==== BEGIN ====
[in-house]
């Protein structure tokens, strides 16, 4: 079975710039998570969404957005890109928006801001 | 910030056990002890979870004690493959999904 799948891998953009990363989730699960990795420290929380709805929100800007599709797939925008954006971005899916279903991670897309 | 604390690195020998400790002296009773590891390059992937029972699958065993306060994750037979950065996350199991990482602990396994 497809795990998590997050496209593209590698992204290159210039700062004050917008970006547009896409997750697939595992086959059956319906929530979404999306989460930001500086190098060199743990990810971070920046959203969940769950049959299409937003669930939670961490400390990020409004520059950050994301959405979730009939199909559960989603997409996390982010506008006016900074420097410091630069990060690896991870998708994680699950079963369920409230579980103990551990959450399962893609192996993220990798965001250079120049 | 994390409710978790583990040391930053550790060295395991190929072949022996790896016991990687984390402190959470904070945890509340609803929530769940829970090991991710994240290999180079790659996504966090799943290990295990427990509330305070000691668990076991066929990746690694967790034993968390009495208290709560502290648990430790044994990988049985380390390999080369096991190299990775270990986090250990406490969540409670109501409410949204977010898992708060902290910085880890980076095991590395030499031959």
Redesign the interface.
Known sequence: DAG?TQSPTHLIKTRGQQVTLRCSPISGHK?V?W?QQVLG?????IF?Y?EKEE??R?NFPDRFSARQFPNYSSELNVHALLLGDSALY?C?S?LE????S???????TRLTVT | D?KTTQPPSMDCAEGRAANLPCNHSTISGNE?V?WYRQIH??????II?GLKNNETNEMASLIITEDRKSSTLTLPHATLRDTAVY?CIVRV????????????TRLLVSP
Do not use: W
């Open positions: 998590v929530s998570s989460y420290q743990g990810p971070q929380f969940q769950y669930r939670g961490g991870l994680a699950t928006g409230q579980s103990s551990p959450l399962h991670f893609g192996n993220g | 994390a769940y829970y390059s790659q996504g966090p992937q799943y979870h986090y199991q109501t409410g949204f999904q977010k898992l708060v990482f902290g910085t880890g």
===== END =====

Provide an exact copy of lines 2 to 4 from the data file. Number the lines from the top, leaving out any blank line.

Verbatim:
């Protein structure tokens, strides 16, 4: 079975710039998570969404957005890109928006801001 | 910030056990002890979870004690493959999904 799948891998953009990363989730699960990795420290929380709805929100800007599709797939925008954006971005899916279903991670897309 | 604390690195020998400790002296009773590891390059992937029972699958065993306060994750037979950065996350199991990482602990396994 497809795990998590997050496209593209590698992204290159210039700062004050917008970006547009896409997750697939595992086959059956319906929530979404999306989460930001500086190098060199743990990810971070920046959203969940769950049959299409937003669930939670961490400390990020409004520059950050994301959405979730009939199909559960989603997409996390982010506008006016900074420097410091630069990060690896991870998708994680699950079963369920409230579980103990551990959450399962893609192996993220990798965001250079120049 | 994390409710978790583990040391930053550790060295395991190929072949022996790896016991990687984390402190959470904070945890509340609803929530769940829970090991991710994240290999180079790659996504966090799943290990295990427990509330305070000691668990076991066929990746690694967790034993968390009495208290709560502290648990430790044994990988049985380390390999080369096991190299990775270990986090250990406490969540409670109501409410949204977010898992708060902290910085880890980076095991590395030499031959």
Redesign the interface.
Known sequence: DAG?TQSPTHLIKTRGQQVTLRCSPISGHK?V?W?QQVLG?????IF?Y?EKEE??R?NFPDRFSARQFPNYSSELNVHALLLGDSALY?C?S?LE????S???????TRLTVT | D?KTTQPPSMDCAEGRAANLPCNHSTISGNE?V?WYRQIH??????II?GLKNNETNEMASLIITEDRKSSTLTLPHATLRDTAVY?CIVRV????????????TRLLVSP